To the editor of the heralded Appalachian publication, that you should find the telling of my plight compelling enough to share with your loyal followers dispersed among the outer colonies, so that they may find themselves aware of the true, harrowing nature of Freedonia, a dismal and deluded state that one should only experience through the exterior observation of my prose.
I have never told a soul of the horrors witnessed in Freedonia, the self-lauded capitol of the Columbian empire. I have myself endured an utterly detestable encounter in the capital, an experience I have for years attempted to bury somewhere in the wastelands of my tainted conscience. Through the telling of this true account I hope to make amends for the crimes I have committed, the atrocities forced upon me by the misguided peoples of the Freedonian state, under an empire rapidly growing into a global power that will dominate all commerce and culture within every continent and sea. A colossal state of such magnitude must have its moral rectitude held accountable. Henceforth, as I lay here dying of this terminal affliction, I write to you to scorn the misguided morals of the Freedonian way, and to make peace with myself as I welcome the sweet kiss goodnight of death.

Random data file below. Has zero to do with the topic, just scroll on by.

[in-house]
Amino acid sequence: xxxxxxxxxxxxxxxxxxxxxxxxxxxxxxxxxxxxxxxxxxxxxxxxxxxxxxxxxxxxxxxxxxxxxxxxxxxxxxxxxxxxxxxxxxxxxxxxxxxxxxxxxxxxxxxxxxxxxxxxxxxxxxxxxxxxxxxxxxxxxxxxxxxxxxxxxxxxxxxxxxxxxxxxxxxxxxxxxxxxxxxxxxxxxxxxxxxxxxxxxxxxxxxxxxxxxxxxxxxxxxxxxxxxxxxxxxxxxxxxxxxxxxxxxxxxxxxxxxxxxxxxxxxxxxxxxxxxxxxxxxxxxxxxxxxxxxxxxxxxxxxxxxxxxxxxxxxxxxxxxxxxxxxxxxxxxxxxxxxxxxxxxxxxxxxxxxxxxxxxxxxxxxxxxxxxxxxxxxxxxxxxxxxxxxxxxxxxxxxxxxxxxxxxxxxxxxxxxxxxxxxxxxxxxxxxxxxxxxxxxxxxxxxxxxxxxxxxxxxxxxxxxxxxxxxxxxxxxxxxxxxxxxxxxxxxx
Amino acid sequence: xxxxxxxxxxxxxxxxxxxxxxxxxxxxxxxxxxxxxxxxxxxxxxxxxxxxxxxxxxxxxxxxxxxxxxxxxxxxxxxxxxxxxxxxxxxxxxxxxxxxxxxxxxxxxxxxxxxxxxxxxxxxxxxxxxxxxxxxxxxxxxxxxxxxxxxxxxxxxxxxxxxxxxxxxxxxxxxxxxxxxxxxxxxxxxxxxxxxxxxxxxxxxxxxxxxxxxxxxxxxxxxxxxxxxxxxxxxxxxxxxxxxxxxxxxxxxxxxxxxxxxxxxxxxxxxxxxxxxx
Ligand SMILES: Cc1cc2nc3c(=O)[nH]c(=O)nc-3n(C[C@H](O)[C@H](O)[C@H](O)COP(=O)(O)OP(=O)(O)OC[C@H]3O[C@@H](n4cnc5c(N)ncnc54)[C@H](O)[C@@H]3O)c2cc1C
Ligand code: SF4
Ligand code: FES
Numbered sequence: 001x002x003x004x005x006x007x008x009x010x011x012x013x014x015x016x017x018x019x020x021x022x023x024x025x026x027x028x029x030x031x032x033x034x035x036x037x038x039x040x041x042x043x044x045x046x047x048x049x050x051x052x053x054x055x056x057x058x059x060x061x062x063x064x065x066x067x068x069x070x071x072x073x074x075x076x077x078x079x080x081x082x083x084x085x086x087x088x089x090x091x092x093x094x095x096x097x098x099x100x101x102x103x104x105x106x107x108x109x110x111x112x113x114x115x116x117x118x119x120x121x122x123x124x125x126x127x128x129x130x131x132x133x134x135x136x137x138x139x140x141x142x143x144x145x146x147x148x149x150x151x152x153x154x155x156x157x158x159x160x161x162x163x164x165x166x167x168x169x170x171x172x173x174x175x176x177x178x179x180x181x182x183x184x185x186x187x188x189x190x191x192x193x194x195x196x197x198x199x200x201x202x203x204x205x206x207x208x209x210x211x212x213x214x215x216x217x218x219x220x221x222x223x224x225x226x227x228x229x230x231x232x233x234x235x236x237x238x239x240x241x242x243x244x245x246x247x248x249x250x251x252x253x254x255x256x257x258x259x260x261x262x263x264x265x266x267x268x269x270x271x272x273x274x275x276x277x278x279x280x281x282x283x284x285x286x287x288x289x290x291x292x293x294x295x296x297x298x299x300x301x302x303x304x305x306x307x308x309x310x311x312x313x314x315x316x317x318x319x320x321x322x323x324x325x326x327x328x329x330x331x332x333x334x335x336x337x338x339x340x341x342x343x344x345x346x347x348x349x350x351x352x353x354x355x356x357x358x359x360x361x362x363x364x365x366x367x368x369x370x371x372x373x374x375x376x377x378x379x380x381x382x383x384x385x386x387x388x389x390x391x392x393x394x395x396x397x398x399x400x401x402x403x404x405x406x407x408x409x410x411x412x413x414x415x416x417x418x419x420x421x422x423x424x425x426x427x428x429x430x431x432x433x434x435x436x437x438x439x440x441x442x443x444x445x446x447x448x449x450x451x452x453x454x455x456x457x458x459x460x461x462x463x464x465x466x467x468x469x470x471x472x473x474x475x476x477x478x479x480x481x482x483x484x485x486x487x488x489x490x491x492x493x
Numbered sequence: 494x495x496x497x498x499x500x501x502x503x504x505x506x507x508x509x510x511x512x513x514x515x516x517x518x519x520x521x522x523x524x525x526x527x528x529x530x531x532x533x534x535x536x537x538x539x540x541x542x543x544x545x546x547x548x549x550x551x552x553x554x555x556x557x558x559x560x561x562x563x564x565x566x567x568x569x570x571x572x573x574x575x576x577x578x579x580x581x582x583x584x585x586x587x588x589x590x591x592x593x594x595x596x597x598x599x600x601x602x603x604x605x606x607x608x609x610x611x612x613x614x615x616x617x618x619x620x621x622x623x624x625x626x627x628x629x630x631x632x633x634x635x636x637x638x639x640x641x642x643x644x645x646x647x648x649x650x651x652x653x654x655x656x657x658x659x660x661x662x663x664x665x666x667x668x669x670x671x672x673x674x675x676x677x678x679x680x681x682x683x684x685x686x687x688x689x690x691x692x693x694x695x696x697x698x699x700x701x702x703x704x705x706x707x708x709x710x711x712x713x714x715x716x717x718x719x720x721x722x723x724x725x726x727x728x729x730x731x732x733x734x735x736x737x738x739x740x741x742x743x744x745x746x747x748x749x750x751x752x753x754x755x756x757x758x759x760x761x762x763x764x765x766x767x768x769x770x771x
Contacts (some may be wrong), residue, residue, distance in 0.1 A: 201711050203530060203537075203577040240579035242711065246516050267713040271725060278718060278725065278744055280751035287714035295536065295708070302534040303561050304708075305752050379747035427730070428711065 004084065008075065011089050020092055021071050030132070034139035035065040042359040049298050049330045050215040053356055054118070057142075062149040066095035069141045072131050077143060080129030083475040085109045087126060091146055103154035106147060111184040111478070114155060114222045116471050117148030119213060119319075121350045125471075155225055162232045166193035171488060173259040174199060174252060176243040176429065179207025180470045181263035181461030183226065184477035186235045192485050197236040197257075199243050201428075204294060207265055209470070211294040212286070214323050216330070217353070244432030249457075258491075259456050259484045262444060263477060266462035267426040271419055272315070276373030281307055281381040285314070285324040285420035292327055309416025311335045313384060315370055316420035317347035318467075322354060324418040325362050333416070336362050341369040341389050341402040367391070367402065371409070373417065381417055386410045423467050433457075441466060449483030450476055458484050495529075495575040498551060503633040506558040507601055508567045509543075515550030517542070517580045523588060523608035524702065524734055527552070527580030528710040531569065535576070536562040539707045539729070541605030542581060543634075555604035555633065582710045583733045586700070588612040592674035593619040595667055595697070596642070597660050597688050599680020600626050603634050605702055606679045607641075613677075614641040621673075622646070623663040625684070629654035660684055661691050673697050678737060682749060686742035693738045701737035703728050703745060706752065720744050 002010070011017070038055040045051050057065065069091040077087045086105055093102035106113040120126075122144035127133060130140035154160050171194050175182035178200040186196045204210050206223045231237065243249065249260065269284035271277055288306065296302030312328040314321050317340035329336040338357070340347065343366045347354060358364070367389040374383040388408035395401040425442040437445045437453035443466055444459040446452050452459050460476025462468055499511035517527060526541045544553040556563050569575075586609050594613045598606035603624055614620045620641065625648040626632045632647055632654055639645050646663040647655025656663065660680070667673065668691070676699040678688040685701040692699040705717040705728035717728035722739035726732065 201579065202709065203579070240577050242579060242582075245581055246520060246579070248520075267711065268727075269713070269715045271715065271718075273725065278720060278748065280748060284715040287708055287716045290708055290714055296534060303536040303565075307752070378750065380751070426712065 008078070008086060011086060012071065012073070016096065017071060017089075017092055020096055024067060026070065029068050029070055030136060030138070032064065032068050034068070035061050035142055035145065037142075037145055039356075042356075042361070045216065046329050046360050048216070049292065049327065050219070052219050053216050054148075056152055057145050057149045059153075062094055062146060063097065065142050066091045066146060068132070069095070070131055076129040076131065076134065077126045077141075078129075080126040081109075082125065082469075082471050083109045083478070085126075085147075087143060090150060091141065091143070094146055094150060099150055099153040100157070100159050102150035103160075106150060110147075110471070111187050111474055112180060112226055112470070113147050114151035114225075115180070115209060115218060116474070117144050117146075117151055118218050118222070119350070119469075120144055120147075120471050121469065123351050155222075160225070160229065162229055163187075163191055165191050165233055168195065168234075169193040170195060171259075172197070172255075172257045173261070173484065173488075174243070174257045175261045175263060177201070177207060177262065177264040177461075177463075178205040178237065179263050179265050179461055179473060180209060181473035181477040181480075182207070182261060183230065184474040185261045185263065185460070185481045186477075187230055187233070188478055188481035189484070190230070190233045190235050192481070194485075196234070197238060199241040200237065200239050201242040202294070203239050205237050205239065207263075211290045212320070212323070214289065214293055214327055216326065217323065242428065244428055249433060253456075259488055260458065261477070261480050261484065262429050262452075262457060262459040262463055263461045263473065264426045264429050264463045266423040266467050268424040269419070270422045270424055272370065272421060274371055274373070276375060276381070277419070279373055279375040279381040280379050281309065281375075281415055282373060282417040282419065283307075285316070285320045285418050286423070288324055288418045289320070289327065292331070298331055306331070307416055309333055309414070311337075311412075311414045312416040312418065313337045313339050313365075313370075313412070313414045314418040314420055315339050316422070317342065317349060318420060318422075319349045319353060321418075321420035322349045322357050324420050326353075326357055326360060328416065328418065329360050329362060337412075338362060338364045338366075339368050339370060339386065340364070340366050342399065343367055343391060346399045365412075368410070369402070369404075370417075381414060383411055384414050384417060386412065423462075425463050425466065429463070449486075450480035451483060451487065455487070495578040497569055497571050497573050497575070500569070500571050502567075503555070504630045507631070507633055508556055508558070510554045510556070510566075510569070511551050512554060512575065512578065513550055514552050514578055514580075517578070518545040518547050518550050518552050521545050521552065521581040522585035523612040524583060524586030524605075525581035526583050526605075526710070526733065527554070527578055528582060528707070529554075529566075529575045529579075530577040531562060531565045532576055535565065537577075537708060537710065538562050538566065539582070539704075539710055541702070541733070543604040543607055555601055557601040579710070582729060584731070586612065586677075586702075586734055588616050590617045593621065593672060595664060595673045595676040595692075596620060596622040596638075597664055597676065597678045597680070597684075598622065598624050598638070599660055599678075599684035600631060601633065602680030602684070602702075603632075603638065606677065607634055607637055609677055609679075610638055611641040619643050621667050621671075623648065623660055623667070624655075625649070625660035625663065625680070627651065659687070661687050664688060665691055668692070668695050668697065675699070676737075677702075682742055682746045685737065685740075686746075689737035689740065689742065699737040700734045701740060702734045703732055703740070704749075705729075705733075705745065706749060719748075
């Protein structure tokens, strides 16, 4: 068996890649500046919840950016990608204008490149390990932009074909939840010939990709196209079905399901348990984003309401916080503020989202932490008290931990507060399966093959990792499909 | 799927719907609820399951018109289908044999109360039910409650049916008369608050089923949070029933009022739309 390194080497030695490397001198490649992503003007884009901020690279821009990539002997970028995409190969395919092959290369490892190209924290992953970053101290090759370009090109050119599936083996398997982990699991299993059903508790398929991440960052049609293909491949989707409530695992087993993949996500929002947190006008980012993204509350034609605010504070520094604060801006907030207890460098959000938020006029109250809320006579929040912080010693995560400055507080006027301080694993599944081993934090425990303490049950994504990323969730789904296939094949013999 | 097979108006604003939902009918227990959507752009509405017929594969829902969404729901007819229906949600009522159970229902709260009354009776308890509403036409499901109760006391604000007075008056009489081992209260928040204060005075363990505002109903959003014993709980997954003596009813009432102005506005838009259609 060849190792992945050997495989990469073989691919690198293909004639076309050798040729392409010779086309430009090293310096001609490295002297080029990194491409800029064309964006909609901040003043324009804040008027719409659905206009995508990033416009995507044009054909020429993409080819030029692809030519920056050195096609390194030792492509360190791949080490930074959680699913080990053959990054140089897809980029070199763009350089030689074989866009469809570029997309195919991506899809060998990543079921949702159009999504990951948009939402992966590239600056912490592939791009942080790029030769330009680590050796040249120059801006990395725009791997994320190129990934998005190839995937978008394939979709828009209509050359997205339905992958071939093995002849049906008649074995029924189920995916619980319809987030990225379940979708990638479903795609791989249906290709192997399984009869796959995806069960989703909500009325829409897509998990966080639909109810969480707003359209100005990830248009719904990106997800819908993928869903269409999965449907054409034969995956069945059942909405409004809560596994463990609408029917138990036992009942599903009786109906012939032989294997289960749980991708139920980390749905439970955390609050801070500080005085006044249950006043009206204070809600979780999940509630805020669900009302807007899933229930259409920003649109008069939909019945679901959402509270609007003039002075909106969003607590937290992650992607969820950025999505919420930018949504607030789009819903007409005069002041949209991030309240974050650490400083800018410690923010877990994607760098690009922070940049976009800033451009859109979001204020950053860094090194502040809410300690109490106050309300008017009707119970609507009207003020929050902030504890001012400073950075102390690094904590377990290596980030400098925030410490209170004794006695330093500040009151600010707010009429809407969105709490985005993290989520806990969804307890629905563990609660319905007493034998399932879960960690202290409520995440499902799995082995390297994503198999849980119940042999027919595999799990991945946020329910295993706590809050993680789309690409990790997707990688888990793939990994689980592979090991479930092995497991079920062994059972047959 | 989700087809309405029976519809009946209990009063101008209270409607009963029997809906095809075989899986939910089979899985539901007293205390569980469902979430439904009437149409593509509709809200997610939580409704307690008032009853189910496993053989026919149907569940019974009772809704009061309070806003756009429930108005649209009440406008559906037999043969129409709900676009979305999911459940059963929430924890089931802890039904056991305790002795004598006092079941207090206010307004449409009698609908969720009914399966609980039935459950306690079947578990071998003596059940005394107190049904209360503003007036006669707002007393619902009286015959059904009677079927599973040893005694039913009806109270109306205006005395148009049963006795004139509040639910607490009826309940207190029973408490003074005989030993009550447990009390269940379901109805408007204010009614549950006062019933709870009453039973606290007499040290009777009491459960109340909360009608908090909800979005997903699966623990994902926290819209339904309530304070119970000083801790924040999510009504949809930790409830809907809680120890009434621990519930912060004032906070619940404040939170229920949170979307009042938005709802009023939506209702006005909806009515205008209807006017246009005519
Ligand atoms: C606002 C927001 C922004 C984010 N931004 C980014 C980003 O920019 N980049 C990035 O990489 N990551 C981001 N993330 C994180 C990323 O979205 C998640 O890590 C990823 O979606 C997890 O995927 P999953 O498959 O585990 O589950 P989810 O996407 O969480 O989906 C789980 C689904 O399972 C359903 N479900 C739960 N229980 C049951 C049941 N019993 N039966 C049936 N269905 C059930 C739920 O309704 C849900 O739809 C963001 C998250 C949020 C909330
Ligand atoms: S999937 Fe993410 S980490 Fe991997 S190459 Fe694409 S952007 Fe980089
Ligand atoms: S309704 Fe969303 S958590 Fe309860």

It was upon spring twenty years ago where I made a visit to Freedonia. I was a trader from Columbia’s recently acquired western colonies, and I took to the capitol to secure a contract with the Merchant Marine Company. While docking in Freedonia’s eastern port, Ellis Crossing, I set my eyes on the famous statue erected within the harbor. It was a large, green statue of a woman adorned in an elegant gown, her gaze fixed downwards upon a small black child, to whom she directed an outstretched hand. The frail black hand reached upwards towards the lady’s but did not touch it, the tips of the fingertips reaching, but not connecting. At the base of the statue a plaque read:
Send me your weak and weary, those crushed by the states of dreary, and I will grant solace to the poor the world deplores. Here they shall be lifted up! It is the Freedonian way to rescue those from the fray of the savage jungles far away. Here there is freedom and liberty for thee!
While heading back to my hotel after securing a contract with the Merchant Marine Company, it became known to me that my shoes suffered considerable wear, compelling me to seek out replenishing services. I made my way to a shop I spotted while crossing the large bridge leading into the inner city, and decided to request replenishment there. I was soon greeted by the proprietor, a large, aged man of stern countenance. His chin presented an unkempt, white beard, and he wore bedraggled clothes.
“Good morning. What can I do for ya?” he asked.